You are probably not familiar with the name Ruth Wakefield and my guess is that your parents are not either. Bear with me while I introduce her to you and then you will understand the connection to your birthday epistle.
She was born in June 1903 in Easton, Massachusetts and worked as a dietician and lectured on foods. I n 1930, she and her husband Kenneth bought a tourist lodge in Plymouth County – located about halfway between Boston and New Bedford. It was a place where passengers had historically paid a toll, changed horses, and ate home-cooked meals. When the Wakefields opened their business, they named the establishment the Toll House Inn. Ruth cooked and served all the food and soon gained local fame for her desserts… especially a new cookie recipe she created. She invented chocolate chip cookies around 1938 when she added chopped up bits from a Nestle’ semi-sweet chocolate bar into a cookie.
During WWII, US soldiers from Massachusetts who were stationed overseas shared the cookies that they received in care packages from back home with soldiers from other parts of the US. Soon, hundreds of soldiers were writing home asking their families to send them some “Toll House” cookies, and Wakefield was soon inundated with letters from around the world requesting her recipe. Thus began the nationwide craze for the chocolate chip cookie.
As the popularity of the cookies increased, the sales of Nestle’s semi-sweet chocolate bars also spiked. Andrew Nestlé and Ruth Wakefield made a business arrangement: Wakefield gave Nestlé the right to use her cookie recipe and the Toll House name for one dollar and a lifetime supply of Nestlé chocolate. Nestlé then began marketing chocolate chips to be used especially for cookies and printing the recipe for the Toll House Cookie on its package.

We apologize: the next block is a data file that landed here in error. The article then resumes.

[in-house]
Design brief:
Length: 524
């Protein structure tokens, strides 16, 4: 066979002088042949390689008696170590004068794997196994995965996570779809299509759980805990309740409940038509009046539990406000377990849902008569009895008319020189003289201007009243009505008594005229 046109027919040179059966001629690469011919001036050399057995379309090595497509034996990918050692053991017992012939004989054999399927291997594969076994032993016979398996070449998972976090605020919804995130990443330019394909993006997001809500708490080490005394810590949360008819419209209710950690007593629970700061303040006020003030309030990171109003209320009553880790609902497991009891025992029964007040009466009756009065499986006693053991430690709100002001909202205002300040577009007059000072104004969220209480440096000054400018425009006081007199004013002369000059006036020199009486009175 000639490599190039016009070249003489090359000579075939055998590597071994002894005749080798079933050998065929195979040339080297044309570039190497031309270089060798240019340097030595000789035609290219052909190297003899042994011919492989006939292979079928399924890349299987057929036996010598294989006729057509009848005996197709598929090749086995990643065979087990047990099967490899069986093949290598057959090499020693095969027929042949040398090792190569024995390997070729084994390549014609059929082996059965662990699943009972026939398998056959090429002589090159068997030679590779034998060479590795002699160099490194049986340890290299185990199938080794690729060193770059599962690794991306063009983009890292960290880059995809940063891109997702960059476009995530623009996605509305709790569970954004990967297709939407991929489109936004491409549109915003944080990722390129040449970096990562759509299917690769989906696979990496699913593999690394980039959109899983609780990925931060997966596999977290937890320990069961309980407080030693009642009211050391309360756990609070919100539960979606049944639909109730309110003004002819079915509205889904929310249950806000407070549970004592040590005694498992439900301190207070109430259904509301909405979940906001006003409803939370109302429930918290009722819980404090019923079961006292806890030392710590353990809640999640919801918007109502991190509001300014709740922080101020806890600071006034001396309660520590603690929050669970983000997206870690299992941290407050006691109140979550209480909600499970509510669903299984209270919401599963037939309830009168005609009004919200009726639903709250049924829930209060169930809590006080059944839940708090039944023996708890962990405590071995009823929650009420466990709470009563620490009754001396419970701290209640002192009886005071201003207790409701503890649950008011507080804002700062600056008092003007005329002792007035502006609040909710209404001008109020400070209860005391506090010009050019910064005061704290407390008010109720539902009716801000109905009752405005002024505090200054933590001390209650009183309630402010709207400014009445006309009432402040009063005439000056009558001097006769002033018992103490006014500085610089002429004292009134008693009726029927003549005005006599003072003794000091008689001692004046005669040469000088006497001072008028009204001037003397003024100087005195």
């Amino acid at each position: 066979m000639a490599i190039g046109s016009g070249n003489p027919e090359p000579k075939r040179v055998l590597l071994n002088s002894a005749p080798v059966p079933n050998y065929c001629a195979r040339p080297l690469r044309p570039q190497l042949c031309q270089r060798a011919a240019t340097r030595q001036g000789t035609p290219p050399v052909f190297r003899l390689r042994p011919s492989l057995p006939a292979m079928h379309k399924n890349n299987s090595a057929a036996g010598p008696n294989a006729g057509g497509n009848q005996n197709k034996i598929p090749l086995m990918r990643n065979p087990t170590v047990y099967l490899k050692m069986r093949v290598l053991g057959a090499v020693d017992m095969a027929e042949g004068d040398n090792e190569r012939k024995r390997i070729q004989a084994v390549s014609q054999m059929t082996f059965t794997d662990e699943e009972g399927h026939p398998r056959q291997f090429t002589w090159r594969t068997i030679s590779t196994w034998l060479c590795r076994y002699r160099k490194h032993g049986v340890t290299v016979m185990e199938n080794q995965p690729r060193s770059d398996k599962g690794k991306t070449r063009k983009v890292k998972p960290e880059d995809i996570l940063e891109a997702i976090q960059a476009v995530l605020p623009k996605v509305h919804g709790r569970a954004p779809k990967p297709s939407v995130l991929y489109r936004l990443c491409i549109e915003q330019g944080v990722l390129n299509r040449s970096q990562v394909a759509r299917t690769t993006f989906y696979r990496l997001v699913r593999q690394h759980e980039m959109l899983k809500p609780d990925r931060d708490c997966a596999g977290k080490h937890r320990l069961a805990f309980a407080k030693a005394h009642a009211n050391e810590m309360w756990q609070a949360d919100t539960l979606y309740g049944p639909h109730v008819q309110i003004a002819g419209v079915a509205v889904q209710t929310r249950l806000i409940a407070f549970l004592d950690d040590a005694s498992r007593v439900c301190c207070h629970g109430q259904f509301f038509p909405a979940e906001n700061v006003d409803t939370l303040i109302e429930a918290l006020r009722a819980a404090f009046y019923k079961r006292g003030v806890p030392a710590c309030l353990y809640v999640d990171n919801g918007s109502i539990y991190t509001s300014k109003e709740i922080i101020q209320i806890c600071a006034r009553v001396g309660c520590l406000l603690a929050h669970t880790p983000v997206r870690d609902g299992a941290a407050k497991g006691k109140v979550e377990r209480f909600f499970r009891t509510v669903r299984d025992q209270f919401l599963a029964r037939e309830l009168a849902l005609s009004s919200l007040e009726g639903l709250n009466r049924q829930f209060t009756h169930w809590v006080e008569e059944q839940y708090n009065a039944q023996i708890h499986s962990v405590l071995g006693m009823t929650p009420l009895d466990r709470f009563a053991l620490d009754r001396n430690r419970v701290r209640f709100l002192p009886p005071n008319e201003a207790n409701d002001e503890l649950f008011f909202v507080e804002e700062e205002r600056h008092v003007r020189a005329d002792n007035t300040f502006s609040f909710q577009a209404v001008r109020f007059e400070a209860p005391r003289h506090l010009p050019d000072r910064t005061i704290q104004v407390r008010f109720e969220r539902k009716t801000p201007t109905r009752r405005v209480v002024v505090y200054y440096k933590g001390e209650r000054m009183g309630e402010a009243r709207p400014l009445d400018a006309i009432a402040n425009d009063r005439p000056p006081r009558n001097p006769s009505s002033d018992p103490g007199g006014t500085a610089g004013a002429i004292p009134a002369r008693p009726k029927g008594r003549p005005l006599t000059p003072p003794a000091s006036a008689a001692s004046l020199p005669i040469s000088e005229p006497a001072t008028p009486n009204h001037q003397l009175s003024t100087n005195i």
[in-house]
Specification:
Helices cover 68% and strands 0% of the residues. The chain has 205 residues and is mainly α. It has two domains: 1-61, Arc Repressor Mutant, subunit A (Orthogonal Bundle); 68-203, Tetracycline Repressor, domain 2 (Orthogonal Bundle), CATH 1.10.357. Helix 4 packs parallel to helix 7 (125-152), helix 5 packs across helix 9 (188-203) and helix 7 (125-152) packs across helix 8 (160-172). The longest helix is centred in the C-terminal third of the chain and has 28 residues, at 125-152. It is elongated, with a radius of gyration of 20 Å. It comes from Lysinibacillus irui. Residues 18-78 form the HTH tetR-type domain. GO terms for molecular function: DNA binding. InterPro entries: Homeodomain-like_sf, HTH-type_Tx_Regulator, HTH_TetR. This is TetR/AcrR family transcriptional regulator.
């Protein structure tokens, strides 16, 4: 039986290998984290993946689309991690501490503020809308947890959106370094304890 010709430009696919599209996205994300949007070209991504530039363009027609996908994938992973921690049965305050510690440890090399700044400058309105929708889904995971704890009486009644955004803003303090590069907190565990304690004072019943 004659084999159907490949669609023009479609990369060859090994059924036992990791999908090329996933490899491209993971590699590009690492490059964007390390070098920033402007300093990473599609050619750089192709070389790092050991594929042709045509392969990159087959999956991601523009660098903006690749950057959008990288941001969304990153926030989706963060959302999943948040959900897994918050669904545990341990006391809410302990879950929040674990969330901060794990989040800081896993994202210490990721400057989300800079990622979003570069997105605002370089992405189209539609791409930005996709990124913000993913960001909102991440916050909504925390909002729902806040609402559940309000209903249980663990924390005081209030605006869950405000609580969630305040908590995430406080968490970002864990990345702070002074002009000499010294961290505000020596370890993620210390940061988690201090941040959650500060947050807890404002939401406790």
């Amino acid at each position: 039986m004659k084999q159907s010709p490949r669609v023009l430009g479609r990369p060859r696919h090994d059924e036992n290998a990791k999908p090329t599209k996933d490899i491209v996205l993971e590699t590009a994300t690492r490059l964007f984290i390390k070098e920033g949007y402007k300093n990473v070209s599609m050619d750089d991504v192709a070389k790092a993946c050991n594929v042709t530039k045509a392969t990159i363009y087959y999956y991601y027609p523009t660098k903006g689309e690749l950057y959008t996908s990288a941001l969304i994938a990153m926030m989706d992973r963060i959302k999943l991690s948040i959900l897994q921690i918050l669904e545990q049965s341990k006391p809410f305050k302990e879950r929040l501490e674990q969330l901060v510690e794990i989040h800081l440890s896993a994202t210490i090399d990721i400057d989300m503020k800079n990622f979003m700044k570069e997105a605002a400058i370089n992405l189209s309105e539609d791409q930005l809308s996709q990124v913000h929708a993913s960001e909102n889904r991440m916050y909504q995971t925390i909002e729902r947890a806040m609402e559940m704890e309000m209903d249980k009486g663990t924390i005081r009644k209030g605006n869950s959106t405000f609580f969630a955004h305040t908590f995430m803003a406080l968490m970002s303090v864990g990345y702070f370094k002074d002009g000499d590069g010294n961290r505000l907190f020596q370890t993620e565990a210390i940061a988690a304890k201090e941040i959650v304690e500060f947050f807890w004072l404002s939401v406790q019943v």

Wakefield’s creation went on to be the most popular cookie of all time. Chocolate chip cookies currently have gross sales of over $18 billion in the United States… and Ruth Wakefield sold the rights to the cookie for $1.
I’m sure by now you can guess the connection to your birthday epistle. You and I have a mutual love for chooooooclate chiiiiiiiiiips. But here is the lesson I want to pass on to you. Ruth Wakefield, in her own way, changed the world for the better. (At least in my humble but accurate opinion). She did it because of a passion that she had and a desire to serve others and to bring them a degree of happiness – even if it was fleeting.
In the years to come it is going to be exciting to watch your passions emerge. One of my prayers is that the Lord will fuel you with godly passions that you will steward well as you seek to serve Jesus, serve others, and be used mightily to bring joy to a despairing world. May these first two verses from Psalm 84 reflect your passion to know God and be the wellspring from which all other passions flow…
How lovely is your dwelling place,
O Lord of hosts!
2 My soul longs, yes, faints
for the courts of the Lord;
my heart and flesh sing for joy
to the living God.
Never forget that you are very loved!